Dan Barnes Welcome to Primary Markets TV – your insight into the newly issued securities across equity and fixed income spaces and bonds. Joining me today is Erik Norland, senior economist at the CME. We’re going to be looking at Latin America today and specifically how currency and interest rates action might affect bond portfolios. Erik, welcome to the show.
Erik Norland Thank you so much for having me.
Dan Barnes So tell us, how do you expect Latin America’s interest rate and currencies to behave over 2021?
Erik Norland I think that the interest rate markets, first of all, are starting to send a really positive signal for what investors expect to have happen in their economies. And that is especially true in Brazil, where the yield curve has deepened to some of the steepest levels that we’ve ever seen in the past decade and a half anyway. We also have very steep yield curves in Chile and in Colombia as well, which is a sign that investors are very optimistic about the animal spirits and the prospects for economic recovery. Mexico’s yield curve is also very steep, and it’s not anywhere near a historical high in terms of steepness, but people have become more optimistic there. Mexico’s economy is very closely tied to the US, which is its main export market. Mexico also has a very different economy than the other countries in the region. What the fixed income markets are telling us is basically that the economy there have been hard hit. Central banks have slashed interest rates, but the people are thinking the economy will recover and eventually short term interest rates will lift off, again.
Dan Barnes Picking up on that point about the economies, which factors are you expecting to be impacting them over the next year?
Erik Norland Latin America really has two issues there. First, the state of their domestic economies, which have been very negatively impacted by COVID-19. So the pace at which they get the vaccine out and the pace at which the pandemic hopefully starts going away will matter a great deal to the course of their economic activity. But then secondly, also the state of the international economy, how are their exports going to do? And what’s curious, I think, about Latin America is that especially in the cases of Chile, Colombia and Brazil, their export prices have soared.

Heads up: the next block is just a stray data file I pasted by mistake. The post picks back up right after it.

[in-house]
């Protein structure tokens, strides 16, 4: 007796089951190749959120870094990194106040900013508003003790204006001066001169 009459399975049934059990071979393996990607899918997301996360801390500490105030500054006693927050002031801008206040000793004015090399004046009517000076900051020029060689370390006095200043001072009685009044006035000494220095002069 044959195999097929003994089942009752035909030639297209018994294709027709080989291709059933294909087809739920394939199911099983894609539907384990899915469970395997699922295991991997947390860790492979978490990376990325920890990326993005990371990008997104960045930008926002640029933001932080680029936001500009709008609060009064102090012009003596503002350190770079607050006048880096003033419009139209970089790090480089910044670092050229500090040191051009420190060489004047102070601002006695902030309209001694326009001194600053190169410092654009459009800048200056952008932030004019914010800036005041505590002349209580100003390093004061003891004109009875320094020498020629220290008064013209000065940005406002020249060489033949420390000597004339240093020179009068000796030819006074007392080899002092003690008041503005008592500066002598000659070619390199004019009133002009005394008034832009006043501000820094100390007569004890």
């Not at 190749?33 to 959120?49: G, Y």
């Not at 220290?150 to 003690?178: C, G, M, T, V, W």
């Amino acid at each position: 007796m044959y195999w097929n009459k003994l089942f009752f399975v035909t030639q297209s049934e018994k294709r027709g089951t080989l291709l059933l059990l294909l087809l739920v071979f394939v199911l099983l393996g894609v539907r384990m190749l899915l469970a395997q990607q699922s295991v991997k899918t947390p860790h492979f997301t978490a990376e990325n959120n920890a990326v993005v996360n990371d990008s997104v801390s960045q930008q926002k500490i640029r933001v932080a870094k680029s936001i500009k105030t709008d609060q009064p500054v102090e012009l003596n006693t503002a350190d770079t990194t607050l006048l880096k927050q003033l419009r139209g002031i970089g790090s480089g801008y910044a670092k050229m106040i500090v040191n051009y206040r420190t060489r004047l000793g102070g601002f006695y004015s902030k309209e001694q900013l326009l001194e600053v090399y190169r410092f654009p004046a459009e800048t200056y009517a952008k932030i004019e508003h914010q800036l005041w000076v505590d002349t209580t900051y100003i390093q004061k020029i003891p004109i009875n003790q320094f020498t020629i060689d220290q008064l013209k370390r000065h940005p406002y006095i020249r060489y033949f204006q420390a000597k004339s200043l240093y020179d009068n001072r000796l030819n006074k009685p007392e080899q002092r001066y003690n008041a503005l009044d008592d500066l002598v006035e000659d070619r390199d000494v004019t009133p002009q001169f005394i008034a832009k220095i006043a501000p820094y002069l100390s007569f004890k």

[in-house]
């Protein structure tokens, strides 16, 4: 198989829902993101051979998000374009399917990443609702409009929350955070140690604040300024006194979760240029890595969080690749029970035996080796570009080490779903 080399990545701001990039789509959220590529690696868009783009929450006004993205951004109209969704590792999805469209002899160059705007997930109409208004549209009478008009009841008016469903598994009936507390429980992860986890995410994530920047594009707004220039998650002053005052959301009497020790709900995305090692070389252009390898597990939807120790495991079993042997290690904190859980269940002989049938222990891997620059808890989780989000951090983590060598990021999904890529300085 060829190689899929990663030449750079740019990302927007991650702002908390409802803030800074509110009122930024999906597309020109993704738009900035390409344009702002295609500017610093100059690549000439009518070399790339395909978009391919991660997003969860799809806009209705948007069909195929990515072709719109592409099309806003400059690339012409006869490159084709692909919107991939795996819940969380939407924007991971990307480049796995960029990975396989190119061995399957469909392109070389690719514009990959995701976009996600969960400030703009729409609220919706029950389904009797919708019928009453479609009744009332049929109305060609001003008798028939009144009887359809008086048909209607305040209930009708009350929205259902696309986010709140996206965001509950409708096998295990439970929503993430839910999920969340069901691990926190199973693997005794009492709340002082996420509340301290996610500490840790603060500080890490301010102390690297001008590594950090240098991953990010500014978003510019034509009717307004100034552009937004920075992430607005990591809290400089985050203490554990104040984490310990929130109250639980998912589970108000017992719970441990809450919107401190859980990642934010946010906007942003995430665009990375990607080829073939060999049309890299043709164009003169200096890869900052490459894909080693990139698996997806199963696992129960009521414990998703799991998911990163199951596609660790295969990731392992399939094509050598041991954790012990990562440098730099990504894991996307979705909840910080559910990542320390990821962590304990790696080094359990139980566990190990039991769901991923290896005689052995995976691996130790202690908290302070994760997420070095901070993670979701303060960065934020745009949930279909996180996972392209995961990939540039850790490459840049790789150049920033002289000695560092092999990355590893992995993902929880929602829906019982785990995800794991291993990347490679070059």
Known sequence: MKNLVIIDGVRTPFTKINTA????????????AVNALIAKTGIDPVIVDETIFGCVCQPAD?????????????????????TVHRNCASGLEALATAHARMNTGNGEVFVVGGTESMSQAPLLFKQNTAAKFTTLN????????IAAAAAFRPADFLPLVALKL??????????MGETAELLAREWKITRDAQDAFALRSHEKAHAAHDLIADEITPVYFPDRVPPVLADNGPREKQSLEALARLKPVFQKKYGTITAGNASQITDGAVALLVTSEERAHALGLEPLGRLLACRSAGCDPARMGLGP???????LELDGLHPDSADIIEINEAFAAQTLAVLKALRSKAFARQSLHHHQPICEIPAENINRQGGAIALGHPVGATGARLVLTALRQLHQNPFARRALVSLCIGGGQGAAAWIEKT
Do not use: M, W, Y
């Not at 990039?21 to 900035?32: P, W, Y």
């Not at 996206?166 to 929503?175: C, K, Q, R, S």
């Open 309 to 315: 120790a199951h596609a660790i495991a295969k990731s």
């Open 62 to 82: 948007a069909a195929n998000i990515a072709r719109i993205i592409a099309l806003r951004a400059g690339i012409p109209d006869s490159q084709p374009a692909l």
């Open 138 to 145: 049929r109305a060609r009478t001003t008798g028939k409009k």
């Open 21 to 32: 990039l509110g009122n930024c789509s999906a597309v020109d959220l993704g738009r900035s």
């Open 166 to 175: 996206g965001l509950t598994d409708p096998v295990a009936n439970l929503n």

A lot of the raw material prices have gone way, way up, whether it’s oil or soybeans or iron or copper, in the case of Chile. So their export prices are really high, but they can’t even match those in terms of the volume of demand coming from the rest of the world. When their currencies are kind of decoupled from the export prices in the last year, which is also kind of novel for them. Normally, at least up until the pandemic, their currencies moved in lockstep with baskets of their exports that are traded on exchanges. And that completely diverged last year. Export prices soared, but their currencies did not. And that also means that they can produce these goods really cheaply compared to the rest of the world, which gives them a big competitive advantage.
Dan Barnes How do these factors potentially impact existing fixed income investments versus newly issued bonds?
Erik Norland I think the steepening of the yield curve obviously means that short-term interest rates are very low compared to the longer term interest rates. So the existing bonds have mostly profited from price appreciation. So, you know, I guess if you’re an issuer, you can issue short-term debt pretty cheaply, and that’s especially the case, of course, for governments, and also presumably true for a lot of private sector actors as well. But when you issue debt further out on the yield curve, that is a little bit more expensive, because people are anticipating that economic recovery and they are anticipating their short-term rates are most likely to go back higher eventually.
Dan Barnes If we then take that to existing bond portfolios, what do you think the impact might be and what should investors be considering as an outcome?
Erik Norland I think one thing to be aware of is that central banks in Latin America might be in a position where they cannot lower short-term interest rates much further. In the case of all four central banks, they have their short-term interest rate kind of at or even below the rate of inflation. So that actually puts them in a situation much like their North American and European counterparts. So I guess further up the yield curve, when you look at the longer term bonds, one thing to consider is that if economic weakness were to last, there is some possibility you could see further price appreciation on that part of the yield curve. One thing we’ve seen in Europe and North America over the year is that long term yield curve sometimes anticipate rate hikes that either don’t happen or take a lot longer to happen in the market that initially believed that they will happen. That’s something that investors might want to take a look at.
Dan Barnes Erik, thank you so much for your time today. Really appreciate it.
Erik Norland Thank you so much for having me.